My Experiences (and Really Bad Advice) on NaNoWriMo

NaNoWriMo_logo_w_words.pngI won my first NaNoWriMo challenge when I was 13 years old. I also won my last NaNoWriMo challenge when I was 13 years old.

NaNoWriMo, or National November Writing Month, is a big global fiesta dedicated to getting reluctant or detail obsessed writers out of their ruts and into writing 50,000 words of pure garbage with the idea that actually getting your shit together and writing a novel is the hardest part of the process. And, as someone who is never quite ready to start, and who can never get past the first 10 pages because I’m always going back and fixing things, this is extremely true. Essentially, you are given one month to vomit out 50,000 words of a brand new novel. You go to nanowrimo.org, make a profile, join other struggling Wrimos in cafes and wine bars (we’re classy like that), to get together and write. It’s a super fun activity and quite the exercise in willpower and intention. There’s only one problem that I’ve had each and every year I participate.

November is busy as heck.

Midterms, finals, and holiday plans, all this has always fallen on November for me. After 8th grade (in which I was struggling with high school applications, so I really have no excuse for not completing the goal every year), I would make a heroic and valiant effort for the first two weeks before gradually falling behind in a rut of exam fueled misery.

However, all was not lost! Even though I didn’t win, I met up with some super cool writers, got inspiration from them, and now have 3 separate novels all started for a future date. In fact, I completed 30,000 words of my 2012 Wrimo novel, and gained a miniature following by posting it in sections online. Without Nanowrimo, there was no way that novel would ever have come into being.

This year, despite college hell, sleep deprivation, and a whole new group of Wrimos I’ve yet to meet, I have a solid plan to complete my 50,000 word goal. Here’s what I’ve gained from my many years’ experience in dismal failure:

  • Don’t stop at 1667 words a day. Write as much of the next week’s word count during the weekend as possible, because even one busy day can drastically and permanently throw you behind schedule.

 

  • Come up with at least the first quarter of the novel before you start. While I detest planning, as it limits the creativity that naturally comes out when you just shove words on paper without knowing what will come next, I always get to a point a week or two in where my novel doesn’t know where it’s going. My winning story in 8th grade, for example, was literally about two kids running around in a maze of alleys in San Francisco and meeting all these magical characters. There was no reason. It just happened. For 50,000 words. A masterpiece in the making.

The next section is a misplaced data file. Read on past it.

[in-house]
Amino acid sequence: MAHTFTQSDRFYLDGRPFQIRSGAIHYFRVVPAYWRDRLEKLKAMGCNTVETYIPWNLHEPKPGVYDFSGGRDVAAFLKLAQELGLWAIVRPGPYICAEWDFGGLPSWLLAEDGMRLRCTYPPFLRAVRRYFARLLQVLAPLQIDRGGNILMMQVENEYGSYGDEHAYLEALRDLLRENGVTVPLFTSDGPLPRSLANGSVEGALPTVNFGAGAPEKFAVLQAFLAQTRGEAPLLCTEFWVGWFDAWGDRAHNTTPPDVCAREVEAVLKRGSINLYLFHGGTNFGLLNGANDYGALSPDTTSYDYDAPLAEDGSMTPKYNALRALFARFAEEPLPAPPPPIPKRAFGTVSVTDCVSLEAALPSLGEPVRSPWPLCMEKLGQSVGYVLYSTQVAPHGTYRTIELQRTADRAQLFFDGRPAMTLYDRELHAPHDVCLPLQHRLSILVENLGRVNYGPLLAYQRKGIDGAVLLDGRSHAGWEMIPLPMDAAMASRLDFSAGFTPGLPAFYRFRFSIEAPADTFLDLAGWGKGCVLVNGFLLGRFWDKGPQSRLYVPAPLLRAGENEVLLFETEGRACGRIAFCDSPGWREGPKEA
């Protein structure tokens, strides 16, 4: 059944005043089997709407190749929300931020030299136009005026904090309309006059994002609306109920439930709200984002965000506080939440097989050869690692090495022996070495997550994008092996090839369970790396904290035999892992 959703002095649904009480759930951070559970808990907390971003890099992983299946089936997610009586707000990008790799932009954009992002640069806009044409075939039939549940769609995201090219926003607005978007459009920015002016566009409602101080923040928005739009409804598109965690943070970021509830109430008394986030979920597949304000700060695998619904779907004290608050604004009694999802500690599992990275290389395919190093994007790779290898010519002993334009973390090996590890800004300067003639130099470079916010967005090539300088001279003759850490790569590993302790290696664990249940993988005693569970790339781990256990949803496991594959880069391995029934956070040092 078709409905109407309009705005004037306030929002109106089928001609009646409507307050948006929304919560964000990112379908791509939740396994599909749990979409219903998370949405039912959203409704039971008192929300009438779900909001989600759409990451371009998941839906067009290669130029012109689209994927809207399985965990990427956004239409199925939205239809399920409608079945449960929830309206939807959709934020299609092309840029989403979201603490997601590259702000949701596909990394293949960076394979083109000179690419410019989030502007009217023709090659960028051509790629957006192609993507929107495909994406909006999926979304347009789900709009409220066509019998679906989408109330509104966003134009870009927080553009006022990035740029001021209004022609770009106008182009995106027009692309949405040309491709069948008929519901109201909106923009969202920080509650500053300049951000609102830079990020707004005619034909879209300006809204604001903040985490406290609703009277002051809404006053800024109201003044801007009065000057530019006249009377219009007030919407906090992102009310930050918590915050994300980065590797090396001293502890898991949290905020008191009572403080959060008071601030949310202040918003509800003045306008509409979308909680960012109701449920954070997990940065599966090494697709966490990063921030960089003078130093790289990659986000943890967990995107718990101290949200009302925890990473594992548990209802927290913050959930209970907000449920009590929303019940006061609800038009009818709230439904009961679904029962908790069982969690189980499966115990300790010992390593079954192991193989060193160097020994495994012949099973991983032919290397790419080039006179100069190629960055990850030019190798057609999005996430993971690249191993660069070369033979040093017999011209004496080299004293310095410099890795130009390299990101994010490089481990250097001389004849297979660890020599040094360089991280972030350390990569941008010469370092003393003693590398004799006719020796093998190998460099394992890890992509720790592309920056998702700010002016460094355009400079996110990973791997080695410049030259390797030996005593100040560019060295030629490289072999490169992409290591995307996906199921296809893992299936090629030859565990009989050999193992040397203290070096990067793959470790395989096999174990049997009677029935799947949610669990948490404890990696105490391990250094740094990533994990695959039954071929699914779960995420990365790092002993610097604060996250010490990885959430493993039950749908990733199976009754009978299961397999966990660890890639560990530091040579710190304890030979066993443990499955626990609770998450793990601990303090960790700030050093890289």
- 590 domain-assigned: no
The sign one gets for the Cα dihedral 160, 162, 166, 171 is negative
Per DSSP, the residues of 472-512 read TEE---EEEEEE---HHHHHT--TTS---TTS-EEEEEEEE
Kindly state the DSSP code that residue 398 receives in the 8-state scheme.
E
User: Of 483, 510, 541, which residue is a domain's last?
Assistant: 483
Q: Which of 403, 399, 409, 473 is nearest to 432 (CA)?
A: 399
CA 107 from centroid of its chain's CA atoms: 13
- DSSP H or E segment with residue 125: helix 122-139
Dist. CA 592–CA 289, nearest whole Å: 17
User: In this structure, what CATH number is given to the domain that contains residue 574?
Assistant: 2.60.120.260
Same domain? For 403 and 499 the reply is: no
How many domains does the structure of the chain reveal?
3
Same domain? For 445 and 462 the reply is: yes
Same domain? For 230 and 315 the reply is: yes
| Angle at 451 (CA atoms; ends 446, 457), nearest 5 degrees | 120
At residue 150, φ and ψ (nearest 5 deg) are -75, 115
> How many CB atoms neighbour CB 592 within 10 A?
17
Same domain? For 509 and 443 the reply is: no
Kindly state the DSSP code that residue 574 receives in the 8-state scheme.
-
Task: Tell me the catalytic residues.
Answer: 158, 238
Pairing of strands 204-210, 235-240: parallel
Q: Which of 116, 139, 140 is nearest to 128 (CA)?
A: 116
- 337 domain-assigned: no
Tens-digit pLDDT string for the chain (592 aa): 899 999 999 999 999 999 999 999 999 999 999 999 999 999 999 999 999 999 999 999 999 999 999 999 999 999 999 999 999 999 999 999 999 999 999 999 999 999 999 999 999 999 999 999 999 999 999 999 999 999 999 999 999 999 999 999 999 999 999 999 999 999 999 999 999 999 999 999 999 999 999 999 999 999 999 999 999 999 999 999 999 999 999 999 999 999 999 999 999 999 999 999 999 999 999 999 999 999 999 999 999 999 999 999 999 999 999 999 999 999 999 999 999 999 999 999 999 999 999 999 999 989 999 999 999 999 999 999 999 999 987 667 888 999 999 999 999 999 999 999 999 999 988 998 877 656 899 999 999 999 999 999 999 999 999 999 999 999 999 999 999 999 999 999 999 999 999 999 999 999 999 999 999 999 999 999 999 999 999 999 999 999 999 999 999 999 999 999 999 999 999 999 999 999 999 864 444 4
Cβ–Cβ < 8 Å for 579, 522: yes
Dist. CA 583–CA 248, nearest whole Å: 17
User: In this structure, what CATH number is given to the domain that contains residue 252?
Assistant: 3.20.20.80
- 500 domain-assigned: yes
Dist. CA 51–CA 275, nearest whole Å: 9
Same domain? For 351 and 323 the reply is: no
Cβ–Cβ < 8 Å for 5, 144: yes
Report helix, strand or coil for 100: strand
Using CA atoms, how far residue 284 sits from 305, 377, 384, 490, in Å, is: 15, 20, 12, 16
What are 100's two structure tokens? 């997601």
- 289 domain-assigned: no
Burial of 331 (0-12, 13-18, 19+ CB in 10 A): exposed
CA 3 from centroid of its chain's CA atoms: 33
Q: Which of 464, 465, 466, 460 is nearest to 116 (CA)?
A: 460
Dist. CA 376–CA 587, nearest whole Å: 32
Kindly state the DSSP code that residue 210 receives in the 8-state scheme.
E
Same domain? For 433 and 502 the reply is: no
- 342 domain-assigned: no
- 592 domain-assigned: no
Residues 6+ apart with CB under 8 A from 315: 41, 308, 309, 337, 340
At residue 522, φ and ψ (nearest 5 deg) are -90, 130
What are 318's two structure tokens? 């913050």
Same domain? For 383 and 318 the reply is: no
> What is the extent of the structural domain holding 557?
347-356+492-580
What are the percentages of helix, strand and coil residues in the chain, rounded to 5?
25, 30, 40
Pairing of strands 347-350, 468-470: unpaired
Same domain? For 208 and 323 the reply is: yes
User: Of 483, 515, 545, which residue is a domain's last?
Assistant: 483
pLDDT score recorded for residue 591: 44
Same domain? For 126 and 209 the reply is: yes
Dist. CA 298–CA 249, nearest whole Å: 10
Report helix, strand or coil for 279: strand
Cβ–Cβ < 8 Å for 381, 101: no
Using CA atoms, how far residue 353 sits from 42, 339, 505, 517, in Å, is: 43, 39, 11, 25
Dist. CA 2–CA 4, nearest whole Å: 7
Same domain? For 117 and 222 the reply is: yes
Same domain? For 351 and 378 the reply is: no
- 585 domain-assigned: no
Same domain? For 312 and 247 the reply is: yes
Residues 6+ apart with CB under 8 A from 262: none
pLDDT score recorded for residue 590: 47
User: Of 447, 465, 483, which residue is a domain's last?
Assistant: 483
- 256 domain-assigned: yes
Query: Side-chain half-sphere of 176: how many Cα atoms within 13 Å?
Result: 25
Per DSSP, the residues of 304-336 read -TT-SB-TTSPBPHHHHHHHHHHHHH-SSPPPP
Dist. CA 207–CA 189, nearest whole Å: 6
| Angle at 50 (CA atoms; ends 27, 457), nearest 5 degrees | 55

• Make Wrimo friends. The site allows you to see your friends’ word counts and them to see yours. Pride is a powerful motivator.

 

  • Don’t worry about plagiarism. This may sound like the worst advice ever, but it’s a fact of life. When writing that quickly you’ll inevitably find your story or characters sounding suspiciously like your favorite book or movie. Leave it alone. Just write. You can always go back in December and change your young wizard, Barry Lotter’s name.

 

  • If you’re not feeling the “muse” write boring gibberish anyway. Trust me. Better to write badly today and get it done then wait until you get inspiration. Because by then you will be rolling down hill of failure, your word count irredeemable in every way.

Most of all, have fun! The whole point of this is to do what you have never been able to do on your own. To create a solidly mediocre starting point from which to leap into success! Believe it or not, many published authors have started their books during this program, and many more will do so this year. However, if you find yourself drowning in work and responsibility, and the idea of forever being a NaNoWriMo winner (you get to wear the Winner’s Circle shirt and everything) is not enough to get you through, remember, there is always next year to try again.

And if you need a writing buddy to secretly judge you for your word count…you know, for your own good….. I am always down for more writing friends. My username is Secret Service (I was 13, I bet your usernames were worse). See you in November!

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